Thanks for the Riding Arena!

The best present I ever received .. a riding arena! Thanks Tonji!

the arena!

It took a lot of convincing to get Tonji to give up more square meters of land to the horses, but I told him I needed it for my safety! Back in the day, I quit taking English riding lessons because I didn’t want to spend my time riding inside an arena. So boring! I wanted to go trail riding!  And now that I have a farm full of trails, I want an arena! Hayyy! No wonder Tonji was so resistant to the idea.

Horses, it turns out, are maintenance on four legs. They are either getting better or getting worse. Even if you buy the most expensive, most well-trained horse in the world, he will not stay that way without training. And you have to earn the horse’s respect. It can’t be passed on. So even if I did the right thing by starting off with well trained horses, I still have to train them. I have to make sure that they know that I know what they know. You know?

I’m following the Clinton Anderson training program. The first part is groundwork. You make the horse move his feet forwards, backwards, left and right while you are on the ground. Then there are riding exercises. Clinton Anderson says to do the riding exercises in a “safe, controlled environment like an arena”. He also says you could do the exercises in a pasture. I tried. Maybe if I were a horse whisperer or had more skills or was gutsier, I wouldn’t need an arena. But I got stuck at riding exercise # 3 Cruising Lesson. The goal of that lesson is to teach the horse “cruise control”. He should be able to trot for 10 minutes straight without you steering him or prompting him in any way. Then to canter for 5 minutes straight, without steering or prompting. You’re just supposed to let the horse go wherever he wants as long as he doesn’t slow down or speed up. When I tried the Cruising Lesson in my old makeshift arena, I ended up stuck in the trees!

And so Tonji agreed to build me an arena. My idea was to make it just like the one of Marco L. in Lipa, 40m x 50m, sand footing, flat as a pancake. But Tonji refused to cut down a single tree, bring in a bulldozer, or fill the area with sand. So instead I have a 30m x 60m, flattish, fenced-in grass area. I’m glad he insisted. I enjoy the grass and the trees. There’s a Pied Bushchat couple that hangs out by the fence. I can hear Grey-backed Tailorbirds in the bushes. There are Long-tailed Shrikes and Pied Trillers in the trees.

Right outside the arena there’s a patch of Lantana camara,  which is toxic to horses, cattle, and other animals. But it’s also a sweet little butterfly feeding zone!

Peacock Pansy Junonia almana almana ID by Romana Pahilanga delo Reyes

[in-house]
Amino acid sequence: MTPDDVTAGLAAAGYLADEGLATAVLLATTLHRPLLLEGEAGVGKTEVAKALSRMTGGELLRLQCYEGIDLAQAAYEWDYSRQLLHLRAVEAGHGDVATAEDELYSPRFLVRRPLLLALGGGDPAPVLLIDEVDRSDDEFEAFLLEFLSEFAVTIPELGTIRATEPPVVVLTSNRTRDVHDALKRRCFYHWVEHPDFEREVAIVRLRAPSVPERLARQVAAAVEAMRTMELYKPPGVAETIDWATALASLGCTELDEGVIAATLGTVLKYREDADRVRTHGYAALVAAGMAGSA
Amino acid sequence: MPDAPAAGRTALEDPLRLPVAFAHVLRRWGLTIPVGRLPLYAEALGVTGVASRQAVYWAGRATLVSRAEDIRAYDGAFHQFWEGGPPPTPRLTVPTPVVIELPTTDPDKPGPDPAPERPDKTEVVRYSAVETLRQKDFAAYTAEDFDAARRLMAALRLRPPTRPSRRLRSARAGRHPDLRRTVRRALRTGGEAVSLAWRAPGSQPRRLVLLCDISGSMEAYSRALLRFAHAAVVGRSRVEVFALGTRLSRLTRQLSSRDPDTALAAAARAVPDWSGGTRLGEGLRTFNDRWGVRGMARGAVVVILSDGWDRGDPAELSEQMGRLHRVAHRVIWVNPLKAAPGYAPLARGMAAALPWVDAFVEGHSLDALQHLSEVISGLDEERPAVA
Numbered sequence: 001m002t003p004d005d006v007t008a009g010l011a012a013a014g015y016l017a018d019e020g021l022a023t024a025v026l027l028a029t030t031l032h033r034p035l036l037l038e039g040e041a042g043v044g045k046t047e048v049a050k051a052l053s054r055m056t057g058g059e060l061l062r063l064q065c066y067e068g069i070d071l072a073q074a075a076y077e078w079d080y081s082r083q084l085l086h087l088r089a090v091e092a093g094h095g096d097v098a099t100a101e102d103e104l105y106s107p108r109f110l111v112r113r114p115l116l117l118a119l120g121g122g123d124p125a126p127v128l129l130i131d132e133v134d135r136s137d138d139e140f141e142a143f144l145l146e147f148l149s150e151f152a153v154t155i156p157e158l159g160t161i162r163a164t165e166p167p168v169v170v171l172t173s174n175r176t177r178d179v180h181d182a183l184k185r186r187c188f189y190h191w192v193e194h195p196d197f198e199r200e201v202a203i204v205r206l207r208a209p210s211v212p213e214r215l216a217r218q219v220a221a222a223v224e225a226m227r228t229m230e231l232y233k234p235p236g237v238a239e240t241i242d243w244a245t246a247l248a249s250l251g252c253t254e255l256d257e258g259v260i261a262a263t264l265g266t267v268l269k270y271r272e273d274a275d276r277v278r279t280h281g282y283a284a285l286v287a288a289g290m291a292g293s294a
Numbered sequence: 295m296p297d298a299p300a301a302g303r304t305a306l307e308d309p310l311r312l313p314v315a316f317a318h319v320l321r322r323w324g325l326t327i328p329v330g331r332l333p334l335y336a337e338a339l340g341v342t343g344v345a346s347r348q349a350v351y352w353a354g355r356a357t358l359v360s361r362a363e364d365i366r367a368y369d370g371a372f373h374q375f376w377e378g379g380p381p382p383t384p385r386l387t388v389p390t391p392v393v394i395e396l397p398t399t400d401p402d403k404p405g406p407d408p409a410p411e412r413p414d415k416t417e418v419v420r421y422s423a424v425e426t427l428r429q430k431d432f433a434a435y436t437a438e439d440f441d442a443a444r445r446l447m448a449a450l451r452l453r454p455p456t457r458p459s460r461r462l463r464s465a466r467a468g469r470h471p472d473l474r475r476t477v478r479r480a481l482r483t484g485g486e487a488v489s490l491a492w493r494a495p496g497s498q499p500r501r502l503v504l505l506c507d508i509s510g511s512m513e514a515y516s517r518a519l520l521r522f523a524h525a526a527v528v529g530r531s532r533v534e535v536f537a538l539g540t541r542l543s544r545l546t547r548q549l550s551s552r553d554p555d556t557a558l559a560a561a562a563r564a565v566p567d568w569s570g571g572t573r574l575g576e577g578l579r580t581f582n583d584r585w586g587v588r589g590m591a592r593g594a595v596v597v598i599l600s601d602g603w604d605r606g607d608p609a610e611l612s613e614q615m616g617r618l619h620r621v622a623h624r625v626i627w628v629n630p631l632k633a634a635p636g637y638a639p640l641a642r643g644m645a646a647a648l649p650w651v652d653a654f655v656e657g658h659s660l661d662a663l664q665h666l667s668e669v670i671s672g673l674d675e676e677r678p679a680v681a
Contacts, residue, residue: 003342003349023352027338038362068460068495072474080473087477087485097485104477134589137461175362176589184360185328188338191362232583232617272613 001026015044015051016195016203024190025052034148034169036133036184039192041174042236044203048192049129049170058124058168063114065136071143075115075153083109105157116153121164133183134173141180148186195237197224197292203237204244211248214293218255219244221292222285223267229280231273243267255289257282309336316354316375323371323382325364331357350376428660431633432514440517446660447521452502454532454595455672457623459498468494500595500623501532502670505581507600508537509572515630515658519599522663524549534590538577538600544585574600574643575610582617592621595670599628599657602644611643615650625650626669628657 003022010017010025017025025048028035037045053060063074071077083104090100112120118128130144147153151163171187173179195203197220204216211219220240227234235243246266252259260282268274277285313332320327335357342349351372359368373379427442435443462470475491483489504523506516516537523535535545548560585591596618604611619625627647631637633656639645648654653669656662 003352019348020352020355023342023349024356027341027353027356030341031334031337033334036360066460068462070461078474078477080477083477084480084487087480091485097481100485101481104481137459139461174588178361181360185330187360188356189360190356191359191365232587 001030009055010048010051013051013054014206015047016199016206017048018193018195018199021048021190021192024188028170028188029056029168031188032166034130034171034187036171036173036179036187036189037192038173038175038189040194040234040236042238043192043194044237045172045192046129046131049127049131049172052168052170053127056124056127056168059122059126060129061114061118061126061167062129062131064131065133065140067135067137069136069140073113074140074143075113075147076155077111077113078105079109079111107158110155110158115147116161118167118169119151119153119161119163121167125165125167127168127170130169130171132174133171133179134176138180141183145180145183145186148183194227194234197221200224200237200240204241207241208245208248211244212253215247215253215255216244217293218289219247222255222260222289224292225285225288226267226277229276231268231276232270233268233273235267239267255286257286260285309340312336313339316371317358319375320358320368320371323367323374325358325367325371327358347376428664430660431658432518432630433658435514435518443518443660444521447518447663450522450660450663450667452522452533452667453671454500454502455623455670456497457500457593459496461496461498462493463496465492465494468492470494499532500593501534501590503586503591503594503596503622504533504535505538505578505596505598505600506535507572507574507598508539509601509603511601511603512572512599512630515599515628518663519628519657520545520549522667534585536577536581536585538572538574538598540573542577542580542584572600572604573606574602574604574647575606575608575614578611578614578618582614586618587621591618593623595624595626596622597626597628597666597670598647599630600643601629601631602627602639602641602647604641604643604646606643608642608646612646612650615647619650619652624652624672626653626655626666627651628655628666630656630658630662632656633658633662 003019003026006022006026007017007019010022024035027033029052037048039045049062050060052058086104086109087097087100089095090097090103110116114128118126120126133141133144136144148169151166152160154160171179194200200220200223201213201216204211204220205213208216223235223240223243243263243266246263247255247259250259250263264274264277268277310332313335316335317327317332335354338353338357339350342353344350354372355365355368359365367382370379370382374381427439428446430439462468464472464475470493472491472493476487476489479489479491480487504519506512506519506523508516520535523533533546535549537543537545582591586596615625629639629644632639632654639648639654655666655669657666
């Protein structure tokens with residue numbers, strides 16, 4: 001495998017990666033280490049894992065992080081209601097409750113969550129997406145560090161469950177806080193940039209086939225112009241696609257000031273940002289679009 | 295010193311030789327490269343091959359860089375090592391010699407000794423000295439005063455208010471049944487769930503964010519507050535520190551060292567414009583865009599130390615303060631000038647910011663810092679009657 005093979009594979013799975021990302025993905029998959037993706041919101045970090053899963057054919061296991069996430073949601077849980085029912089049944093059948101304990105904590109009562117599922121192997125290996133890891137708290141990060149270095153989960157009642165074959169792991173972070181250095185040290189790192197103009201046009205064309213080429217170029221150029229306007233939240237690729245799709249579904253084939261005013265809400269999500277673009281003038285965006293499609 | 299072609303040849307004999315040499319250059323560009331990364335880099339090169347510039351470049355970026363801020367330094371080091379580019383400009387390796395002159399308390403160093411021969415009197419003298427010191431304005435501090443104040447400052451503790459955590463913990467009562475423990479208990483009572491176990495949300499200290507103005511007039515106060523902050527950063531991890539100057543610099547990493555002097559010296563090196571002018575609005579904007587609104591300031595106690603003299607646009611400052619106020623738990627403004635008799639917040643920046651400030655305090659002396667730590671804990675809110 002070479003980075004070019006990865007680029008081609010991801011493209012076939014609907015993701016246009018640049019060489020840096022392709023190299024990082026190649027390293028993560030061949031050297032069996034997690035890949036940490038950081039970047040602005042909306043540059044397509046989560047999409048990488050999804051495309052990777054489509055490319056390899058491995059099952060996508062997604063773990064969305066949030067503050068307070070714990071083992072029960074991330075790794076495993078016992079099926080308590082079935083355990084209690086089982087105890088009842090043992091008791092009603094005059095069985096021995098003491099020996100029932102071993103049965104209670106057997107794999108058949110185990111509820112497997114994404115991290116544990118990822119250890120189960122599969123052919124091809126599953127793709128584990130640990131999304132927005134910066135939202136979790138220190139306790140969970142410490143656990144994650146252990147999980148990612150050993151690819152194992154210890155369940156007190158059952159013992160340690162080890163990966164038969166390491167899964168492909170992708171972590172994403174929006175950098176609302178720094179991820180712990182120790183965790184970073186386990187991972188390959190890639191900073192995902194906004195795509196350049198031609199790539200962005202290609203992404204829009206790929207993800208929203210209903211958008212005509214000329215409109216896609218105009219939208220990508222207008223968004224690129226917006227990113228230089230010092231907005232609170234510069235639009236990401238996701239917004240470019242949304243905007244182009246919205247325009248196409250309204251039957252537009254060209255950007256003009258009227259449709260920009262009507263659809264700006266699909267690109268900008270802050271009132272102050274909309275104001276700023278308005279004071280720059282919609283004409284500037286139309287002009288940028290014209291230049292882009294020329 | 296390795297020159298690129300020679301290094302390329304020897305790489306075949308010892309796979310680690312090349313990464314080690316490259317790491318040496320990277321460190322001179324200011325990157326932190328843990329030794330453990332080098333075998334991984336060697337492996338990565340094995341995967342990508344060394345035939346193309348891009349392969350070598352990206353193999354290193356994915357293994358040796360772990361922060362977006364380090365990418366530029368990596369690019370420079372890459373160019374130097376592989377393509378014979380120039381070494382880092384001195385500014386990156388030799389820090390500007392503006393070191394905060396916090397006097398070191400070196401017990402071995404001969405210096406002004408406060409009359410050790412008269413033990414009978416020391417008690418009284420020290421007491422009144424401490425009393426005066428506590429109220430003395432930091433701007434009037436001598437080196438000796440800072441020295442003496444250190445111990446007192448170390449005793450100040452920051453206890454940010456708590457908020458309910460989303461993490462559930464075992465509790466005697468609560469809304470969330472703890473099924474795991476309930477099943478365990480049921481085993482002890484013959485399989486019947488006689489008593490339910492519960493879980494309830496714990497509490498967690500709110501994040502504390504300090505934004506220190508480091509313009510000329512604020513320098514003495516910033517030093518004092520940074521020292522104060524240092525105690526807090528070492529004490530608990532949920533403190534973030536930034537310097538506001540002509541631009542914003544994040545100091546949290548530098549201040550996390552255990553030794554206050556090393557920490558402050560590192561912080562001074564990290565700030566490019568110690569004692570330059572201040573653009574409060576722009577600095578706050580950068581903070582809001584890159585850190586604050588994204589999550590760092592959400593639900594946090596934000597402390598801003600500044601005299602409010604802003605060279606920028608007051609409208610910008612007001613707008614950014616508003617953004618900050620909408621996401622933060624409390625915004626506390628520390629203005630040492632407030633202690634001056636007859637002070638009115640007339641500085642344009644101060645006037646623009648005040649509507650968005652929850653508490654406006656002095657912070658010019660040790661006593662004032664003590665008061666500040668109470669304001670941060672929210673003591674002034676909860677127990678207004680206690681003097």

Peacock Pansy
Junonia almana almana


Brown Soldier Junonia hedonia ida ID by  Romana Pahilanga delo Reyes
Brown Soldier
Junonia hedonia ida
Junonia lemonias janome
Junonia lemonias janome

And two colorful moths.


cute and fuzzy
cute and fuzzy
Amata species
Amata species

Thank you to  Romana Pahilanga delo Reyes from the Paruparozzis: Butterfly Watchers of the Philippines Facebook Group for the butterfly IDs!

My training program is now back on track! No more running into trees. Batman though, has managed to come up with new ways to alarm me.

Weird New Things Batman Has Done Since We Started Riding in The New Arena:

1. Shake his entire body, while I was riding him. It was just like when a wet dog shakes off water from his body, except that he was totally dry.
2. Rub his butt on the fence.
3. Roll on the ground with his saddle and bridle on! Twice. Good thing I was not on him at the time. I got off to do more groundwork because of the butt rubbing which was followed by pawing on the ground.
4. Pawing on the ground. One horse website  says that there are different kinds of pawing, and one of them means: “Check it out. – The paw is softer with head in a low position. This sign is usually seen when a horse wants to roll in unfamiliar ground, it is checking the ground condition. During scent locating, some horses will also communicate with their riders using this sign. “

Takoy is still the same, steady horse with a tendency is to slow down.

Tonji and the dogs watching Franco from the golf cart.
Tonji and the dogs watching Franco from the golf cart.
Franco on Takoy
Franco on Takoy


I like to think the horses are getting better! Happy Anniversary to you too Tonji!

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